Welcome


Welcome to the Tenth Issue of The Copenhagen Review. Ten, a nice Pythagorean number. It is our custom to allow each issue to remain undisturbed for some time. This affords the reader the time to return to the site again and again, gives the editor a breathing space, allows unexpected things to be added. We provide the option of looking at back issues as well (see above).

We live in strange times, some might say. With great moments that carry with them very definite agendas which encourage us to "change our way of living." Messianic messages assault us every day and we are confronted with a new kind of moralism. What was once permitted and even encouraged (expand your horizons, test your borders) is now seen as debauchery. And storms are in the air.

Drawing by Sif Sajin

What we bring here are smaller things. Poems, poetry, some reviews, a story or two, inspired travel, reflections on writers.

Poetry. From California, where Mia Paschal dances and enlarges our ideas of what theater is, she has given us a lovely poem on, yes, love. Ilija Trojanow is a busy man with a full range of writing projects, fiction, non-fiction, debate contributions to the leading German newspapers, poetry. We have selected three poems that are quite different than his normal work. From northern Denmark, Karsten Sand Iversen, Denmark's sovereign translator from at least English, German and Swedish into Danish, has allowed us to publish, in translation to English, his thoughtful essay on Langsame Heimkehr (Slow Homecoming), a novel by 2019's Nobel Prize winner in Literature, Austrian Peter Handke. On the opposite end of the production spectrum, we welcome Gloria Bee to the land of writing with her first published poem, a poem full of the right kind of indignation. In German. Another California resident and a regular contributor to TCR is Amy Trussell. Thank you Amy for two fine poems.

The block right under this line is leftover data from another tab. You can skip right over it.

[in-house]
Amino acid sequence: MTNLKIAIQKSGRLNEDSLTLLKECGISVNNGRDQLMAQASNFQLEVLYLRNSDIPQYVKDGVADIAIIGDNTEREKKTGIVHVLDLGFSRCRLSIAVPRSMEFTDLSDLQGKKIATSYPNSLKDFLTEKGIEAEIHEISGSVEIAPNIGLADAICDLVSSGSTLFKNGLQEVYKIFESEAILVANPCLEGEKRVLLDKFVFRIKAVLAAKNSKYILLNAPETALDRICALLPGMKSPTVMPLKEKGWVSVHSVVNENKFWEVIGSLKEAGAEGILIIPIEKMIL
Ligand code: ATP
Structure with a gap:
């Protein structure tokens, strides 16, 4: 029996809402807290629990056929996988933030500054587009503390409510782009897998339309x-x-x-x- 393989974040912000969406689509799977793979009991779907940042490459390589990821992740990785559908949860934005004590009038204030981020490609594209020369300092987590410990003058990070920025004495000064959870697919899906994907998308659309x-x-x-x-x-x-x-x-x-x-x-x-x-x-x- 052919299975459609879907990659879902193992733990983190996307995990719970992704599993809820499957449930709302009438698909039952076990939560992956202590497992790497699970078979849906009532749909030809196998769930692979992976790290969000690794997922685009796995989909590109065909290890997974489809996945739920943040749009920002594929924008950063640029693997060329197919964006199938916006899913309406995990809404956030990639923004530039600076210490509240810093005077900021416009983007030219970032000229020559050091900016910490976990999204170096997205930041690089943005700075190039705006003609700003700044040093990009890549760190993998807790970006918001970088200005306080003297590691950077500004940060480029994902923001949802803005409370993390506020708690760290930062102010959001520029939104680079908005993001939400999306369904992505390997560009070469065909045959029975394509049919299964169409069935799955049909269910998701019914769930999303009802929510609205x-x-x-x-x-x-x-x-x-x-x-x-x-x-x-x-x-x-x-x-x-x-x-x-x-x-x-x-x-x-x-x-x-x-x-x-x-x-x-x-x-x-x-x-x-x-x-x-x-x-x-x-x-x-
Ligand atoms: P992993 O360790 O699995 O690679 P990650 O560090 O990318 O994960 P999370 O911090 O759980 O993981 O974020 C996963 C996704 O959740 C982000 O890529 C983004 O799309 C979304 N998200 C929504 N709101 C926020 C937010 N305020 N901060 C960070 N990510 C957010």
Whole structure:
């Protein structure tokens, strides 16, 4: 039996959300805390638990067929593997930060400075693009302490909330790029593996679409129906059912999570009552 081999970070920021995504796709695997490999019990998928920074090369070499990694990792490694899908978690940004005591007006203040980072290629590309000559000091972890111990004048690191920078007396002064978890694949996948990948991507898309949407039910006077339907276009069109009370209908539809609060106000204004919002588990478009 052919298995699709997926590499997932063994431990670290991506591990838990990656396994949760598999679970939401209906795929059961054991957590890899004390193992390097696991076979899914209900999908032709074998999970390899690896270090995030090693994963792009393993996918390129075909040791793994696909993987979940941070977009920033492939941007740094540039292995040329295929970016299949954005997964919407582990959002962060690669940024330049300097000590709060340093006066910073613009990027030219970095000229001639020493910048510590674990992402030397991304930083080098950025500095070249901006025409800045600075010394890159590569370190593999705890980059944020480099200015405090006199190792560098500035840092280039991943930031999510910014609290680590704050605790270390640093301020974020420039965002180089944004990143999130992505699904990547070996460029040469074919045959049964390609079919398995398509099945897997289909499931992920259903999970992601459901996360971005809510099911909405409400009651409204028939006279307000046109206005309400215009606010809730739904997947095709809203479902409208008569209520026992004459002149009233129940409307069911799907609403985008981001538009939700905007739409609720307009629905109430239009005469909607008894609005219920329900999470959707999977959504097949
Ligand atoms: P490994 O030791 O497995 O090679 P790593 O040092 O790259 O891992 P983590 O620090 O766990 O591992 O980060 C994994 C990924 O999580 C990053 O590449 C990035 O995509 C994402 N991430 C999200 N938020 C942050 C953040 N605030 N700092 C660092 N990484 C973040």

Herta Müller has sent us a collage of hers which we gratefully bring. In German.

Marianne Larsen's subtle poetic weavings are difficult to reproduce in English, but we have done our best and thank her for this timely poem. And under the wire, Jon Fosse sends us a poem written, well, now. March 30. We thank him for that. In New Norwegian and English.

Christopher Sand-Iversen has contributed at least two pieces (you never know what will happen between the writing of this Welcome until we go on line), a short story true to our times and an account of a recent journey to a very wet Venice where he was able to experience Larissa Sansour's "Heirloom" at the Biennale. We are grateful to him for both pieces as well and for many other things: his help in the technical and editorial tasks relating to this issue, to mention just two.

Eugenio Barba, of Odin Theatre has sent us a poetic exhortation: The Risk of the Hunter. And from Copenhagen, Inger Barbara C. Christensen has sent us an intimate tale of remembrance.

We thank our readers and their positive response to our efforts to bring good literature in troubled times.

And thanks to Sif, five years old, for our cover.

— The Editor


Worth the Read

Reviews

In English

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Herta Müller

Untitled. Collage

In German

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Marianne Larsen

Rude Awakening. Poem

In Danish and English

Read


Ilija Trojanow

Selections from Verwurzelt in Stein. Poems

In German and English

Read

Franca Mancinelli

Poems

In Italian, Danish and English

Read

Heirloom

Or the Inheritance of a Future Atlantis. Essay

Christopher Sand-Iversen

In English

Read


Amy Trussell

Two poems

In English

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Ravine

Short Fiction

Christopher Sand-Iversen

In English

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Gordon Walmsley

Coronocopia

Poem

In English

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Notes from Hypertourism

Travel

Jon Limani

In English

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Natural History

Essay on Peter Handke's Langsame Heimkehr

Karsten Sand Iversen

In English

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Gloria Bee

Duty Free

Poem

In German

Read


Mia Paschal

If love were something I could do

Poem

In English

Read

Photo: Esbjörn Hillberg

Inger Barbara C. Christensen

Fyret ved Verdens Ende

Short Fiction

In Danish

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Eugenio Barba

The Risk of the Hunter

Thoughts

In Italian and English

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Jon Fosse

Flying Backwards

Poem

In Norwegian and English

Read